The main advantage is ease and safety of access to your solar PV system. Your installer will be able to work more easily than on a pitched roof, and you’ll be able to get up there to clean, check and maintain your solar panels.

Panels on flat roofs also tend to be less visible from the ground, which may be an advantage if you or your neighbours aren’t keen on the appearance of a solar PV array.

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Do I need planning permission to install solar panels on my flat roof?

The need for planning permission is another challenge presented by flat roofs. With a pitched roof, solar panels are designated as a ‘permitted development’, which means you don’t need planning permission. But in many cases, flat roofs are exempt from this designation.

You will need to apply for planning permission to install solar panels on…

  • A flat roof, using a frame to mount the panels at an angle. You don’t need planning permission for completely flat panels, but you do for angled solar panels that protrude more than 0.2 metres above your flat roof.
  • A listed building, whatever the pitch of your roof. First you will need listed building consent, and then planning permission. You’ll have much more chance of getting permission to install solar panels within the grounds of a listed building, so if your home is listed you may be better off asking to install solar panels in your garden, on a frame to pitch them at an angle.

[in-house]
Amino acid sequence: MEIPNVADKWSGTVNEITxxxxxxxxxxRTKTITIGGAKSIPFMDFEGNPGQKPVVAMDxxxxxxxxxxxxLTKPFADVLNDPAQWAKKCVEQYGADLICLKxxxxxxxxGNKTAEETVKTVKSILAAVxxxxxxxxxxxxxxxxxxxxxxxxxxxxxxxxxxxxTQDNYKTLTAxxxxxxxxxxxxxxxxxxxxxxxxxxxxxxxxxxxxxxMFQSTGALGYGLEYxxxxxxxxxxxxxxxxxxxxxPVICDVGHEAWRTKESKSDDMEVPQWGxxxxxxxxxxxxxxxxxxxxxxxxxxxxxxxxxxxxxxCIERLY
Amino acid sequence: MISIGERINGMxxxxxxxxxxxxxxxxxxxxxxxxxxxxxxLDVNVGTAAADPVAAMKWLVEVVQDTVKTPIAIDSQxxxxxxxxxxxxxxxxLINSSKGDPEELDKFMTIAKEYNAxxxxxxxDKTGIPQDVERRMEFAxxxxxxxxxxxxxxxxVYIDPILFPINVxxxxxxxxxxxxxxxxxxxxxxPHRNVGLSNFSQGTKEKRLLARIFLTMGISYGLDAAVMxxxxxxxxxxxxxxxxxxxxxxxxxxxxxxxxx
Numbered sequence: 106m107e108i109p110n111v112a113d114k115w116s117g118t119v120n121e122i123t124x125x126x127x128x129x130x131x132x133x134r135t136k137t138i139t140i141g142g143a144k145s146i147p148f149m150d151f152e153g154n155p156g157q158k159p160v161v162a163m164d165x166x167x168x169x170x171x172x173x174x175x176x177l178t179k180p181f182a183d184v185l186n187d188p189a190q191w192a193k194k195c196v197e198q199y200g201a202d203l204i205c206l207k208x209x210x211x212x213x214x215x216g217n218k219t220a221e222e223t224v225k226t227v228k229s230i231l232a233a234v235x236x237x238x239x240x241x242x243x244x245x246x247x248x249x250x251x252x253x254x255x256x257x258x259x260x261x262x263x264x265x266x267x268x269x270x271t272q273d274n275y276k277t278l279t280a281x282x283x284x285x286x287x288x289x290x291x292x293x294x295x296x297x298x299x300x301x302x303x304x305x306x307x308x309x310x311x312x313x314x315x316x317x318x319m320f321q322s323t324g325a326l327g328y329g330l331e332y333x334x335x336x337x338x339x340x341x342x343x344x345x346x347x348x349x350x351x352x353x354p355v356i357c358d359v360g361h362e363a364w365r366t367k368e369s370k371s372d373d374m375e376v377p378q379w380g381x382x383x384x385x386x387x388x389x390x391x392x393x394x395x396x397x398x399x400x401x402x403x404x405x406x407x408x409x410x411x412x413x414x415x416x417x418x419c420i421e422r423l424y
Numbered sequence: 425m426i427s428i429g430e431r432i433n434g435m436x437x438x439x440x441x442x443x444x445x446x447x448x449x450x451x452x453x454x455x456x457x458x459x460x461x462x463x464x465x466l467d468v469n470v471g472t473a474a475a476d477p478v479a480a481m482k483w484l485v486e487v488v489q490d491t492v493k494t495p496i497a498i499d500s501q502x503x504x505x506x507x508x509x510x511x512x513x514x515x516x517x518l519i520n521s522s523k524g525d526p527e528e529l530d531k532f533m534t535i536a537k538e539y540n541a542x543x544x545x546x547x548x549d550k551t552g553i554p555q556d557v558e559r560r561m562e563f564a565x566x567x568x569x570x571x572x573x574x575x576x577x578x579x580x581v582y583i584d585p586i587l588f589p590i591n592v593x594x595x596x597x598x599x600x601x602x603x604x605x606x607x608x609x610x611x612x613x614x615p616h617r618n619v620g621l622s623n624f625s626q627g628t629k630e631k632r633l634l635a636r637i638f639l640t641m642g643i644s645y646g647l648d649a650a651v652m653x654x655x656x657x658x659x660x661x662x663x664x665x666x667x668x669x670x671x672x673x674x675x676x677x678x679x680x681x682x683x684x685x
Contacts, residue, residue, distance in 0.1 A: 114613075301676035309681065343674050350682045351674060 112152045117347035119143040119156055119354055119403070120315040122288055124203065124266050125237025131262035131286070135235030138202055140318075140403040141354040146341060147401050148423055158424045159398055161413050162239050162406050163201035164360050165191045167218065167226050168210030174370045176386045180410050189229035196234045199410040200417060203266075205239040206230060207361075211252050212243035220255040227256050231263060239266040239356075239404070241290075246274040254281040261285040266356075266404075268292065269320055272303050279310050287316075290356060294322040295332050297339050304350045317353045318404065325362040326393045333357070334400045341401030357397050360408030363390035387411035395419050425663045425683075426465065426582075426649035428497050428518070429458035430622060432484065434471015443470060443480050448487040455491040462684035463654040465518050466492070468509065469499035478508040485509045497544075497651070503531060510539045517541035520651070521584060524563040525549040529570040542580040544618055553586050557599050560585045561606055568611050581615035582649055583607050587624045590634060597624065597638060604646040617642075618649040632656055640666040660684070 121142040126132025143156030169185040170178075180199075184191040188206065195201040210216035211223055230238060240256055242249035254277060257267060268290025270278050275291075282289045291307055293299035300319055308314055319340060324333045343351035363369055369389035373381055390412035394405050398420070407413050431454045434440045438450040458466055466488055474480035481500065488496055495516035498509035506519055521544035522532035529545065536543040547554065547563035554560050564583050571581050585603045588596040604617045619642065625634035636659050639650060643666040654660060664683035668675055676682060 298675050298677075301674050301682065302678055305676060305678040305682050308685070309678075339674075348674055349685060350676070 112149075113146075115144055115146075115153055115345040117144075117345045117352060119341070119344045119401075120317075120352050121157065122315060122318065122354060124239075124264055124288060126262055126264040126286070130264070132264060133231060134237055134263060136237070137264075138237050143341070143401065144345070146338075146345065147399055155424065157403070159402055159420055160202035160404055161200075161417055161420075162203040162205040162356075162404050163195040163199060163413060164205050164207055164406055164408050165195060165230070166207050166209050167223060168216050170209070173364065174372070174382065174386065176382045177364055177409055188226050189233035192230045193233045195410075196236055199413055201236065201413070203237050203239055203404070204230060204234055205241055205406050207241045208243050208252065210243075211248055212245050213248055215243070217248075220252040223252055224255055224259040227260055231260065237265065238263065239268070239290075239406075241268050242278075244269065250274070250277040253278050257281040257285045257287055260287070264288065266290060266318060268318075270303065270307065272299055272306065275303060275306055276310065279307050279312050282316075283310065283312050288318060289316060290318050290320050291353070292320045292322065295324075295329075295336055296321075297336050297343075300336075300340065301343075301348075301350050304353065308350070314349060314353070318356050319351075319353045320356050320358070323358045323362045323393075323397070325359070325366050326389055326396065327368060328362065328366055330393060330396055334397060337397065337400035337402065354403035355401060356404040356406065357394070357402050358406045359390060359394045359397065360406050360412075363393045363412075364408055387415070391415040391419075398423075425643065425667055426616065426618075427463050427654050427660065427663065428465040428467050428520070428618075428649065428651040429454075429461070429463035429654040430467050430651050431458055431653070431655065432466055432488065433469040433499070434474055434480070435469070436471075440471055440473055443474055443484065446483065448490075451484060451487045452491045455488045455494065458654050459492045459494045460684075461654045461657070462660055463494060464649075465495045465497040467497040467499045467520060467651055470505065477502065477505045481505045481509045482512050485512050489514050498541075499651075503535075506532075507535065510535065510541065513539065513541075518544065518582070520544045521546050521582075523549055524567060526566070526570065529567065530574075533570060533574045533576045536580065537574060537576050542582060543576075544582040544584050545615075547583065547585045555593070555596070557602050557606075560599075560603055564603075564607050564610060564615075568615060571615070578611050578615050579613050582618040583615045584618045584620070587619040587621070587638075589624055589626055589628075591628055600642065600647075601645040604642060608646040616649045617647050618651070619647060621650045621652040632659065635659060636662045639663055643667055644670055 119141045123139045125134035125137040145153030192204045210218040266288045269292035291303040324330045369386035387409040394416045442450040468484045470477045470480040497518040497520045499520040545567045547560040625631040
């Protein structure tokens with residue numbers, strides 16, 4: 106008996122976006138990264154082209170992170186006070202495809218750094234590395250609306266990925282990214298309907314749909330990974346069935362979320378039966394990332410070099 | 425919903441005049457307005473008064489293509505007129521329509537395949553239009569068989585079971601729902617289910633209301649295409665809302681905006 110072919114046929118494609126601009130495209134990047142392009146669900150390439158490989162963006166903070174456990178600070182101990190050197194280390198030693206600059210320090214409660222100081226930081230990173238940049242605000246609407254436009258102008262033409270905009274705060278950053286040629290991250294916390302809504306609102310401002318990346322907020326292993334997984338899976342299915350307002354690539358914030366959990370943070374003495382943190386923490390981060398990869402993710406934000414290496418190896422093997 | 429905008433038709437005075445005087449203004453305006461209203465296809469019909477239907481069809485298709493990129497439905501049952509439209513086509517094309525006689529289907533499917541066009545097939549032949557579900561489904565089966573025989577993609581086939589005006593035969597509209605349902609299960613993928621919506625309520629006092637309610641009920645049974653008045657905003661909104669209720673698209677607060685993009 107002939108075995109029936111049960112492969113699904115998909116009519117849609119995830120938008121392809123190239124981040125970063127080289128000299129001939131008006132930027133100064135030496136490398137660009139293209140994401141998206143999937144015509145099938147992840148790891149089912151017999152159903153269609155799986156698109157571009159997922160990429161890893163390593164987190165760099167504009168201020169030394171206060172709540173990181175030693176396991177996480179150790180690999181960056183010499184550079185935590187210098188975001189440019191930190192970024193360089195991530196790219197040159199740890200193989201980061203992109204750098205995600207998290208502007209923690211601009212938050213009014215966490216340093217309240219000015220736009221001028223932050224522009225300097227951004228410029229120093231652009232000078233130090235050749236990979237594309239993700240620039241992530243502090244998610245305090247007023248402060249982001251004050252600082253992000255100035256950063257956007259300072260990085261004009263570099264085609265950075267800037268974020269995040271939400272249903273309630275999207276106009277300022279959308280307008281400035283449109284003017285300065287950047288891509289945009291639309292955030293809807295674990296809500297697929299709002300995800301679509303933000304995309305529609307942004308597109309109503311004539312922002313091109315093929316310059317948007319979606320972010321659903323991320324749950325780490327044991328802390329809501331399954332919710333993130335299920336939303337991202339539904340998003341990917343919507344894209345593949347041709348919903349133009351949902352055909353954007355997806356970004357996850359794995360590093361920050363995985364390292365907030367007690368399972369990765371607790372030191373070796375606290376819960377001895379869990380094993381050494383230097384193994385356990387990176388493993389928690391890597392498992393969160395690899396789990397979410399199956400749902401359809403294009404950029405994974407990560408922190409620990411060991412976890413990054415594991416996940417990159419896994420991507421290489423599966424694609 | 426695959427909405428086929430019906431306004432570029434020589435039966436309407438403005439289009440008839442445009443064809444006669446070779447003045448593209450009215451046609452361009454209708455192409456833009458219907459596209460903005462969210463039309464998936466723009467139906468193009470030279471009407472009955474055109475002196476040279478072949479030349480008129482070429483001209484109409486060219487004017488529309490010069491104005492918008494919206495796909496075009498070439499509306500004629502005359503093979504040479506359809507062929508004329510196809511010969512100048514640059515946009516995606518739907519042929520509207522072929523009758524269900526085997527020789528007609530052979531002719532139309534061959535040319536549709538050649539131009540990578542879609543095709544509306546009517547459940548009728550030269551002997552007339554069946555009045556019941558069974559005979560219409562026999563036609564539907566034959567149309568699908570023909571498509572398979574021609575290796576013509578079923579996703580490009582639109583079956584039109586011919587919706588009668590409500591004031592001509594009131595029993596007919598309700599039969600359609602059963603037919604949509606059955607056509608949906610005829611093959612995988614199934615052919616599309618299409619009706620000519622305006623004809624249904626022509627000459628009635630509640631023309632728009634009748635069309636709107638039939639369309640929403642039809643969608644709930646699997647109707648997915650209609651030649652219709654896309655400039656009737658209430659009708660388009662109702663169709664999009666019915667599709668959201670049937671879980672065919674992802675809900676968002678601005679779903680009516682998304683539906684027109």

• Any building in a conservation area.

The government’s planning permission guide has more information about planning applications across the whole of the UK. To apply to your local authority in England and Wales, use the Planning Portal website.

How much does it cost to install solar panels on a flat roof?

We have seen one or two installers claim that a flat roof installation costs no more than a standard pitched roof installation, but this is rarely the case. Generally, installing solar panels on a flat roof will cost from around 5% to 20% more, depending on your roof and the mounting technique you choose.

In 2023, the average cost of a standard 3.5 kWp solar panel system is £7,860. This size is generally the right choice for a three-bedroom household. To find out more about pricing up your solar plans, see our article Are solar panels worth it?